River with old mill stones in it

Too much detail might like having a mill stone around your neck!

Value streams are an important tool for process change. Value streams present the big picture, they are a system thinking tool. There are several ways practitioners mess up the big picture and therefore lose value when generating value streams. Two of the most common are:

  • Detail is the enemy of the big picture. Early in my process improvement career, I worked in a location charged with writing and running credit card processing software. We handled the entire value stream after customer acquisition. During my time there, the United States suffered a fairly nasty economic downturn. Efficiency and quality become incredibly important to hold on to jobs. It was an exciting time! One of the exercises we did was to generate a value stream map of our operation. As we have noted, value stream mapping follows the transformation of raw materials (ideas and requirements) into value. We ended up with somewhere between 500 – 600 little yellow sticky-notes on a whiteboard with lines running between them. My boss went back to Plano after facilitating the session and left us to figure out how to use the data. The level of detail was impressive – I wish I had a picture. The problem was that there was no easy way to operationalize the mess on the wall. Everyone involved (except the facilitator) was frustrated. It was not until we abstracted the data up to a higher level (basic transformations rather than steps) and separated out support functions like development that it was possible to see the inefficiencies in the flow of value. Diving into the weeds obscures the big picture.Useful Solutions: 
    •  Agree on the level of abstraction that will be represented on the map before you start mapping and aggressively protect that decision. If you have a facilitator they should lead this effort BUT it is everyone’s obligation to keep the work on track. Consider the beginning at the level of basic transformation. For example, order acquisition, order entry, coding, and others. At a basic transformation level it should be easy to see consistent patterns in the flow of work. If the workflow appears too random or haphazard you are either at too low a level or your workflow is really messed up (this is very rare unless the organization is in financial distress). Remember that after the picture is established the team can go back to develop a process map.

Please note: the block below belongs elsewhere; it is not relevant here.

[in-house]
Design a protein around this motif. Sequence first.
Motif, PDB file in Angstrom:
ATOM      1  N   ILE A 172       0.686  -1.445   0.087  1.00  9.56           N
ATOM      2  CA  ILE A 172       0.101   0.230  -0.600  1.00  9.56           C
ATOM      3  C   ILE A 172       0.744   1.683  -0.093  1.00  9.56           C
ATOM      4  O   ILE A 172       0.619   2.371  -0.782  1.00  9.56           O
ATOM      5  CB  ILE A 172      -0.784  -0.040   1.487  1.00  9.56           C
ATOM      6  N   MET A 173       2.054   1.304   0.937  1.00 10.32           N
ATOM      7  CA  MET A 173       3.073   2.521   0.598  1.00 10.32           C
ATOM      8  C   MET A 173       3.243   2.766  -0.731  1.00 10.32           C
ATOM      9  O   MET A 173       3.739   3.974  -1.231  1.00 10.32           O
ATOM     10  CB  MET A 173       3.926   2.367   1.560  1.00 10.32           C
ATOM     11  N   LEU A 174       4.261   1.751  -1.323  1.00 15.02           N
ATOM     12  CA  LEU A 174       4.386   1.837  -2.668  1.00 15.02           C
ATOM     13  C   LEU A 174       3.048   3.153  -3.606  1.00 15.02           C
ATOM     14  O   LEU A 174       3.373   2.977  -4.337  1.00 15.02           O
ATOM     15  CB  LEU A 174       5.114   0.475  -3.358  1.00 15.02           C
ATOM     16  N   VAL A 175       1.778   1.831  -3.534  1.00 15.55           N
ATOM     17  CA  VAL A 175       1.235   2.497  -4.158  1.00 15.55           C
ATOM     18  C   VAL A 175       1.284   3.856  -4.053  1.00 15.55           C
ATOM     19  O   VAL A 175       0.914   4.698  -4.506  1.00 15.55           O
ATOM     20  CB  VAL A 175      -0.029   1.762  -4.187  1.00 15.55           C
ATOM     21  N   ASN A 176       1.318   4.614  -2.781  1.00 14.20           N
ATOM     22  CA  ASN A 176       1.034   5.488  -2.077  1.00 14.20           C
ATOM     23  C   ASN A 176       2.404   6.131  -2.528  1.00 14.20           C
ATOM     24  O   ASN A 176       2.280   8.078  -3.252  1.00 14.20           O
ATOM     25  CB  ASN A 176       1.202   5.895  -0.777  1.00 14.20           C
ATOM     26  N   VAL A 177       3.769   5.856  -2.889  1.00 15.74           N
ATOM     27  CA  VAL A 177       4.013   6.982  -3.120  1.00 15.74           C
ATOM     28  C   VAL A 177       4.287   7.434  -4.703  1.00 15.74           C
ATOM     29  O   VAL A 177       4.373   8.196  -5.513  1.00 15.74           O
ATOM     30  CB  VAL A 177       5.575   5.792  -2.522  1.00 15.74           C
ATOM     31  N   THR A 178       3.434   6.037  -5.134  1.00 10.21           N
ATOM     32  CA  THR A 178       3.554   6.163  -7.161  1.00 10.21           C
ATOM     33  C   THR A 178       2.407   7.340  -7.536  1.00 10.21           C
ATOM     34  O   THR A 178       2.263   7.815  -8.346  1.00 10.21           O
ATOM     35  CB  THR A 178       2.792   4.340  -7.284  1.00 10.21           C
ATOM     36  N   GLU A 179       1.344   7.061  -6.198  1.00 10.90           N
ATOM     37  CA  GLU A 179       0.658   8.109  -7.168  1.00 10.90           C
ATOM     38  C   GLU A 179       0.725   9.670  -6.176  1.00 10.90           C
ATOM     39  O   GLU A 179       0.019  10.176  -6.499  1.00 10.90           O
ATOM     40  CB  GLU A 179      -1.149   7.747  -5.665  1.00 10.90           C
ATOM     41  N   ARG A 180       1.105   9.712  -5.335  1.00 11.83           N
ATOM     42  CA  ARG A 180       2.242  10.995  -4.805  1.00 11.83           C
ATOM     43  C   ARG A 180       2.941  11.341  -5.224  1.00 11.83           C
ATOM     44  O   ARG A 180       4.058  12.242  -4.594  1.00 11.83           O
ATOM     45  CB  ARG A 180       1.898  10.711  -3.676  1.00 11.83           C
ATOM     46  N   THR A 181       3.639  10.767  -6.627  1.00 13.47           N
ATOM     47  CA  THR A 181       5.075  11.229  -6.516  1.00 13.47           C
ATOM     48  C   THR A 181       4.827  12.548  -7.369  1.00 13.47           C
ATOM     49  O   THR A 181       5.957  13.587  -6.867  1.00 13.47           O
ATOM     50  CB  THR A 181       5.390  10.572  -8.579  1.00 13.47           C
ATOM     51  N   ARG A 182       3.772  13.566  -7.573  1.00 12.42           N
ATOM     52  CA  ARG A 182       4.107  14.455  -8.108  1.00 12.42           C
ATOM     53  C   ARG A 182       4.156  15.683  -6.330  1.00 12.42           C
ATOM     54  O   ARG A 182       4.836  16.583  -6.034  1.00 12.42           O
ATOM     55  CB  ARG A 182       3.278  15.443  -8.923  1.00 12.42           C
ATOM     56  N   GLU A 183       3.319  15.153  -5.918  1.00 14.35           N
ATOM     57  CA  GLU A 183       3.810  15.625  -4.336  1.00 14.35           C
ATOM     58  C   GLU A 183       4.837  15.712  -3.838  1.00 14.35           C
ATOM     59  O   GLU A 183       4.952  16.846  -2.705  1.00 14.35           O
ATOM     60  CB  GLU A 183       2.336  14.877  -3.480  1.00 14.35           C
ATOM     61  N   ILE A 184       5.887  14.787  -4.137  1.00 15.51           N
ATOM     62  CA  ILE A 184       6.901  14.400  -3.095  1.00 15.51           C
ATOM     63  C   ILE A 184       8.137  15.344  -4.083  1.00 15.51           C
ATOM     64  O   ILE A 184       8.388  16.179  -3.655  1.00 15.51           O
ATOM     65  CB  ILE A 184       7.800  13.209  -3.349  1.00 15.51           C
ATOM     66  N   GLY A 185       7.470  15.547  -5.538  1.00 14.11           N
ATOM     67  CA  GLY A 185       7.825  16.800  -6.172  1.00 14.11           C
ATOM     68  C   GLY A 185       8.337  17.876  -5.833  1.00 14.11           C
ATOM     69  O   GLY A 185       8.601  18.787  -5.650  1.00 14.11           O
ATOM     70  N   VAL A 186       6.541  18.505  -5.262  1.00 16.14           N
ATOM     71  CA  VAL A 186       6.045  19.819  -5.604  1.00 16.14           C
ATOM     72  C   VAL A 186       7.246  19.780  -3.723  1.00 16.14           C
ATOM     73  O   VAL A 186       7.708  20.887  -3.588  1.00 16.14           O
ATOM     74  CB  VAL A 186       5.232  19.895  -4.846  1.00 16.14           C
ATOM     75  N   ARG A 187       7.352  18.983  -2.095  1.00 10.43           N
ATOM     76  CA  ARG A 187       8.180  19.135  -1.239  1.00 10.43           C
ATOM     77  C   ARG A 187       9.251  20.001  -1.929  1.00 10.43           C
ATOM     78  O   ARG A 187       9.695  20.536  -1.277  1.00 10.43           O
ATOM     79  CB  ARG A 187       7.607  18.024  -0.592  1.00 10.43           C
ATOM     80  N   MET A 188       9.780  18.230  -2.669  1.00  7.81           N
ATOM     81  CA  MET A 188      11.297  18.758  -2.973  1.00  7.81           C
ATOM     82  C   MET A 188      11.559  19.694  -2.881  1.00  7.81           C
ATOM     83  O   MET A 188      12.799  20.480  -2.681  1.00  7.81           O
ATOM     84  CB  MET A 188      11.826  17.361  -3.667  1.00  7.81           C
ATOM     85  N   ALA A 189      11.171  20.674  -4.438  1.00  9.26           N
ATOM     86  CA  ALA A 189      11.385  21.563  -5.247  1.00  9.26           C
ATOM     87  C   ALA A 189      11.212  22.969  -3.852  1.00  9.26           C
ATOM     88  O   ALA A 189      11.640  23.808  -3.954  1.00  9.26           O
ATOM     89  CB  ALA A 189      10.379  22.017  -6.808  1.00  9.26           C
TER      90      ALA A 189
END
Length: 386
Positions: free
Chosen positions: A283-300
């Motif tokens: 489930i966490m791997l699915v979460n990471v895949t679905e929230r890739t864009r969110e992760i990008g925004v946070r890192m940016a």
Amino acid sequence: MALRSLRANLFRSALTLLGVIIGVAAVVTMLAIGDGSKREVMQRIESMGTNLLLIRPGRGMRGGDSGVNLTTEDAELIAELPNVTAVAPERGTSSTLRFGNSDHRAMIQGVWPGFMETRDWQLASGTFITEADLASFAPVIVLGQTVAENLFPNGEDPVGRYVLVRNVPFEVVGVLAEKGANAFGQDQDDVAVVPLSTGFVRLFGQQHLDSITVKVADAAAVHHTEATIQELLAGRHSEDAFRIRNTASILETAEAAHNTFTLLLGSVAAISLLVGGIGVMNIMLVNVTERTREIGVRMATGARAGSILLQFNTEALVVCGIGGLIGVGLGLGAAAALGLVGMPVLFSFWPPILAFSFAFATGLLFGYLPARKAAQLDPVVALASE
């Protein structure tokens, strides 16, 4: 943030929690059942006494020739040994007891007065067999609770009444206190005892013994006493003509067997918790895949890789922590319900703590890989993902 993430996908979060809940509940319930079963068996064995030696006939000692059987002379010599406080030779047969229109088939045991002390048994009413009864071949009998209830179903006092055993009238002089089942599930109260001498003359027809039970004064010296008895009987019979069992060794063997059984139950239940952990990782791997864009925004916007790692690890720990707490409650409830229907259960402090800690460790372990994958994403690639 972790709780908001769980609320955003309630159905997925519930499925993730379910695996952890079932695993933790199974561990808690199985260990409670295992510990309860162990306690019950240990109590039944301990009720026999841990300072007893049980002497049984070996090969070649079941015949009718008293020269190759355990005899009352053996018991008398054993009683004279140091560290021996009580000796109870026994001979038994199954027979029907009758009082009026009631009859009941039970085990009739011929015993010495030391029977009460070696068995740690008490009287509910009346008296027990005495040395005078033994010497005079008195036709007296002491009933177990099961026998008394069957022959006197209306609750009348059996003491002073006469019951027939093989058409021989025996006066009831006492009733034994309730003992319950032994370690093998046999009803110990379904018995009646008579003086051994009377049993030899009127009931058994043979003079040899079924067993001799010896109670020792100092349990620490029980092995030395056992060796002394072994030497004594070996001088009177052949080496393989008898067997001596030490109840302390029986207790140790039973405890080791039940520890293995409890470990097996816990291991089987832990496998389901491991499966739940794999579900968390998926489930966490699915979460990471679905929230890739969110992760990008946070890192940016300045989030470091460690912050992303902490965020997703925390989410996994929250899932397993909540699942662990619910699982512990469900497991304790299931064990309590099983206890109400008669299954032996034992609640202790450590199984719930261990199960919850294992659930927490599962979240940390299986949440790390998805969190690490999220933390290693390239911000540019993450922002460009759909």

• Establish a timebox for the development of the map. Timeboxes help keep people out of the weeds. The facilitator should help the team go through a number of complete iterations during the timebox, increasing the breakdown each time until each piece of the map is at an equivalent level of granularity and represents basic transformations. Note: Different pieces of the map will reach their final level at different times.
    • Use a facilitator that is outside of the process.
  • Limiting the organizational scope of the Value Stream Map. Value streams represent the big picture of how an idea is transformed into value from a business point of view. In many circumstances, the big picture is outside of the control of those developing the value stream map. This leads to drawing boundaries and limiting the scope which can lead to a mismatch between the map and the goal of the exercise. A few years ago, I was hired to coach and facilitate a software development department after they had begun developing a value stream map (pilot and process). The development group (also known as R&D) was not on the value chain. They were a support function so there were some initial misperceptions of how the map would meet the organization’s goal. Once the goal was reframed to operational efficiency the exercise was useful and met their needs. The new goal was to find a way to improve efficiency so that people could be redirected to other work.  The original goal was to find ways to increase the value delivered to their ultimate customers. The scope of the map made meeting that goal impossible. The Scaled Agile Framework Enterprise (SAFe) describes these types of maps as operational value streams. Optimizing a support function in isolation can lead to local optimization that does not positively affect the flow of value to the organization’s customers. A local optimum can actually cost the organization efficiency and money. Curtailing the view to a specific part of the flow or to support areas outside of the flow can yield a jaundiced view of how an organization delivers value and ideas for change that might not improve the flow of value.

Useful Solutions: 

    • Decide on the goal of developing value streams before you start the exercise. Use the goal to evaluate the scope of the map. If you are not addressing the whole value stream or are focused on a support area and the scope conflicts with the goal, ask questions.  Questions might include:
    • Can improving this part of the value stream improve the overall value stream?
    • If we speed up work in this part of the value stream can the next step in the process actually use what we deliver faster? 
    • Should we increase the scope of the value stream mapping exercise?

To paraphrase Shakespeare, To do detail or not to do detail. That is the question. The answer is that we have to find a happy medium. Too much detail or too limited scope both end up robbing the exercise of value and can frustrate everyone involved.